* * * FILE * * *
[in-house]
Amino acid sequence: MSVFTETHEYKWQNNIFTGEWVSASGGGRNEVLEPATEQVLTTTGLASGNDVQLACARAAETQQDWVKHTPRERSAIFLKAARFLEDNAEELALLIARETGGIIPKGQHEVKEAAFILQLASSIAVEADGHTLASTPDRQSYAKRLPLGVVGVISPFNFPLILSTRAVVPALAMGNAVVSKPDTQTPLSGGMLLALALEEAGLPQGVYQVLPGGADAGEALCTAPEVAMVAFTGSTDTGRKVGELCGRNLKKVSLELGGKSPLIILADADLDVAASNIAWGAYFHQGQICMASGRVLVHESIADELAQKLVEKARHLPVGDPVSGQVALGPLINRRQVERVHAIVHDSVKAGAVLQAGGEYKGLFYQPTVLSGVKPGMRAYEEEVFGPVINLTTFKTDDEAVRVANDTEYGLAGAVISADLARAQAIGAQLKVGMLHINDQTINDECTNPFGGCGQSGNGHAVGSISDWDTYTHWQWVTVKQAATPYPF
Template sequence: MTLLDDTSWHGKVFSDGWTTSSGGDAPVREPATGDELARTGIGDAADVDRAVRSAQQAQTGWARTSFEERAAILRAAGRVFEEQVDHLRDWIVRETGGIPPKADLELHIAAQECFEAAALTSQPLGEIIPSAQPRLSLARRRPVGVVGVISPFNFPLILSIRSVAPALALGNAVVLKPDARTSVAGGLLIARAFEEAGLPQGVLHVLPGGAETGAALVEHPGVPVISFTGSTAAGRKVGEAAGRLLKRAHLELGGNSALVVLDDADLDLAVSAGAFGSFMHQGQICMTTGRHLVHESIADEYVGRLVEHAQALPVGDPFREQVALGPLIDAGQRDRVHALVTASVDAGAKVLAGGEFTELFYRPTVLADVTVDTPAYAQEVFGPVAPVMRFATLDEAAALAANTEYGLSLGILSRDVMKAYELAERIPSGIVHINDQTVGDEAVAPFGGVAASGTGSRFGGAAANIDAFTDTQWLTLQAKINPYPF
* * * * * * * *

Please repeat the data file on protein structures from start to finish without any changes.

[in-house]
Amino acid sequence: MSVFTETHEYKWQNNIFTGEWVSASGGGRNEVLEPATEQVLTTTGLASGNDVQLACARAAETQQDWVKHTPRERSAIFLKAARFLEDNAEELALLIARETGGIIPKGQHEVKEAAFILQLASSIAVEADGHTLASTPDRQSYAKRLPLGVVGVISPFNFPLILSTRAVVPALAMGNAVVSKPDTQTPLSGGMLLALALEEAGLPQGVYQVLPGGADAGEALCTAPEVAMVAFTGSTDTGRKVGELCGRNLKKVSLELGGKSPLIILADADLDVAASNIAWGAYFHQGQICMASGRVLVHESIADELAQKLVEKARHLPVGDPVSGQVALGPLINRRQVERVHAIVHDSVKAGAVLQAGGEYKGLFYQPTVLSGVKPGMRAYEEEVFGPVINLTTFKTDDEAVRVANDTEYGLAGAVISADLARAQAIGAQLKVGMLHINDQTINDECTNPFGGCGQSGNGHAVGSISDWDTYTHWQWVTVKQAATPYPF
Template sequence: MTLLDDTSWHGKVFSDGWTTSSGGDAPVREPATGDELARTGIGDAADVDRAVRSAQQAQTGWARTSFEERAAILRAAGRVFEEQVDHLRDWIVRETGGIPPKADLELHIAAQECFEAAALTSQPLGEIIPSAQPRLSLARRRPVGVVGVISPFNFPLILSIRSVAPALALGNAVVLKPDARTSVAGGLLIARAFEEAGLPQGVLHVLPGGAETGAALVEHPGVPVISFTGSTAAGRKVGEAAGRLLKRAHLELGGNSALVVLDDADLDLAVSAGAFGSFMHQGQICMTTGRHLVHESIADEYVGRLVEHAQALPVGDPFREQVALGPLIDAGQRDRVHALVTASVDAGAKVLAGGEFTELFYRPTVLADVTVDTPAYAQEVFGPVAPVMRFATLDEAAALAANTEYGLSLGILSRDVMKAYELAERIPSGIVHINDQTVGDEAVAPFGGVAASGTGSRFGGAAANIDAFTDTQWLTLQAKINPYPF